The GOP Congress just made it easier for people with mental disabilities to get their hands on a firearm.
The Senate voted 57-43 on Wednesday, Feb. 15, to block an Obama-era regulation that would’ve prevented an estimated 75,000 people with mental disorders from being able to purchase a gun, The Associated Press reported. The rule, created as part of Obama’s strengthened background-check efforts following the 2012 Sandy Hook massacre, is the latest move by a Republican-controlled Congress to roll back statutes implemented by the former president.
The House went ahead and approved the measure two weeks ago and White House officials indicated that newly elected President Donald Trump is slated to sign the legislation soon, according to NPR.
Critics of Obama’s regulations, including the National Rifle Association and advocacy groups for the disabled, have pushed Congress to spearhead a rarely successful course of action designed to void policies congressional members find issue with. The process, established under the Congressional Review Act, essentially quashes a regulation when a simple majority of both the House and Senate pass a joint resolution of disapproval and the president signs it, according to the Associated Press.
One contested measure of the Obama-era regulation was the requirement of the Social Security Administration to send in the names of beneficiaries with mental disabilities to the FBI’s National Instant Criminal Background Check System. Those who had a third party overseeing their benefits or were deemed incapable of handling their financial affairs would have been prevented from purchasing a firearm.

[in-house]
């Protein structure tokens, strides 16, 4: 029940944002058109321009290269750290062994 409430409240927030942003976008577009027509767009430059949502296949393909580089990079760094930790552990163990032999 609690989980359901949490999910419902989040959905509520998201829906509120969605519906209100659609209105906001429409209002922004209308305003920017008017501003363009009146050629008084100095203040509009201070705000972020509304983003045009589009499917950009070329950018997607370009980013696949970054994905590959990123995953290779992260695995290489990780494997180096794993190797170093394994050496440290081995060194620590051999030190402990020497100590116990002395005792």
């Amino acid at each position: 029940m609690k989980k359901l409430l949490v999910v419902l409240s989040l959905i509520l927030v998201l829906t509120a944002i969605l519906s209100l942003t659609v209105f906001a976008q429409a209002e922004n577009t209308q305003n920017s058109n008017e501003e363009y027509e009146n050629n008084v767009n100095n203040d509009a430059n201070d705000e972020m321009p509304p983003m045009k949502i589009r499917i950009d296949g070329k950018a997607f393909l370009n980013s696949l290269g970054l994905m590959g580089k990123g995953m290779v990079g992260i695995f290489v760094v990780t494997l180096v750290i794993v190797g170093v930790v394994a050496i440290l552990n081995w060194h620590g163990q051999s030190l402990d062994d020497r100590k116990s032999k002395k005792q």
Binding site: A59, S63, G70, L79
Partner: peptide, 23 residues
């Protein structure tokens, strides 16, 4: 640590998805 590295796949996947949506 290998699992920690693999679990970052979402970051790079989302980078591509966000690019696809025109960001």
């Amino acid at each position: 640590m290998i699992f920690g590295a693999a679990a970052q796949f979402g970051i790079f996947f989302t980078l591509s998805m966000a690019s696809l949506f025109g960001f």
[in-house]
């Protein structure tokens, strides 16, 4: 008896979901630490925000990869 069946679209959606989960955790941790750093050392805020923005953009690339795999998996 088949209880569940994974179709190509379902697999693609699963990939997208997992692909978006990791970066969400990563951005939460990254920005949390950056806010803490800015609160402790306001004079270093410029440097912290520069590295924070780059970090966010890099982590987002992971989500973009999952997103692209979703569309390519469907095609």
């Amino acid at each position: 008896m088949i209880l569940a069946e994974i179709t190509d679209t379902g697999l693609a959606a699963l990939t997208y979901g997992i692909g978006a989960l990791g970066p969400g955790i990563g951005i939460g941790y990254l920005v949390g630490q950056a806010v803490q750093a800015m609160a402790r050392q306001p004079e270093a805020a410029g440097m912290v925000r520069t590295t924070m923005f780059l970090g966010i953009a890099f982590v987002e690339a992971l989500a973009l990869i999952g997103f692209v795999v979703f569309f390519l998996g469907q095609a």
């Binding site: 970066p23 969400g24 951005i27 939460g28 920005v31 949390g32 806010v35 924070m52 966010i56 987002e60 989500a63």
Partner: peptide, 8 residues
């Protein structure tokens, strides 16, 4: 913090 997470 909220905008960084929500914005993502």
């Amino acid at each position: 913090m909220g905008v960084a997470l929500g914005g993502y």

Critics like Sen. Charles Grassley (R-Iowa), who lead efforts to repeal the measure, argued that Obama’s regulations violated the 2nd Amendment rights of mentally disabled persons. Moreover, he said the variety of mental disorders described in the rule were chock full of “vague characteristics that do not fit into the federal mentally defective standard” and cited sleep and eating disorders as examples of illnesses that may have prevented someone from owning a gun.
“If a specific individual is likely to be violent due to the nature of their mental illness, then the government should have to prove it,” Grassley said.
The American Civil Liberties Union even contested Obama’s gun-control legislation, arguing that the measure further fueled negative stereotypes that people with mental disabilities are dangerous or violent. Nearly a dozen other advocacy groups for the disabled also took issue with the regulations, the news wire service reported.
On the other end of the gun-control spectrum is Sen. Chris Murphy (D-Conn.), who argued that Congress’ latest move puts more Americans at risk by making easier for mentally ill people to get their hands on guns.
“If you can’t manage your own financial affairs, how can we expect that you’re going to be a responsible steward of a dangerous, lethal firearm?” Murphy asked.
Dan Gross, president of the Brady Campaign to Prevent Gun Violence, echoed Murphy’s sentiments, adding that the new measure was likely just another way for the gun industry to line its pockets.
“This heartless resolution puts the most vulnerable Americans at risk,” Gross said. “Make no mistake, this vote was really about deepening the gun industry’s customer pool at the expense of those in danger of hurting themselves or others.”
Sen. Ron Wyden (D-Ore.) argued that anyone who felt they were being treated unfairly under Obama’s statute had the right to appeal and would likely win, so long as they could prove they weren’t a threat to themselves or those around them.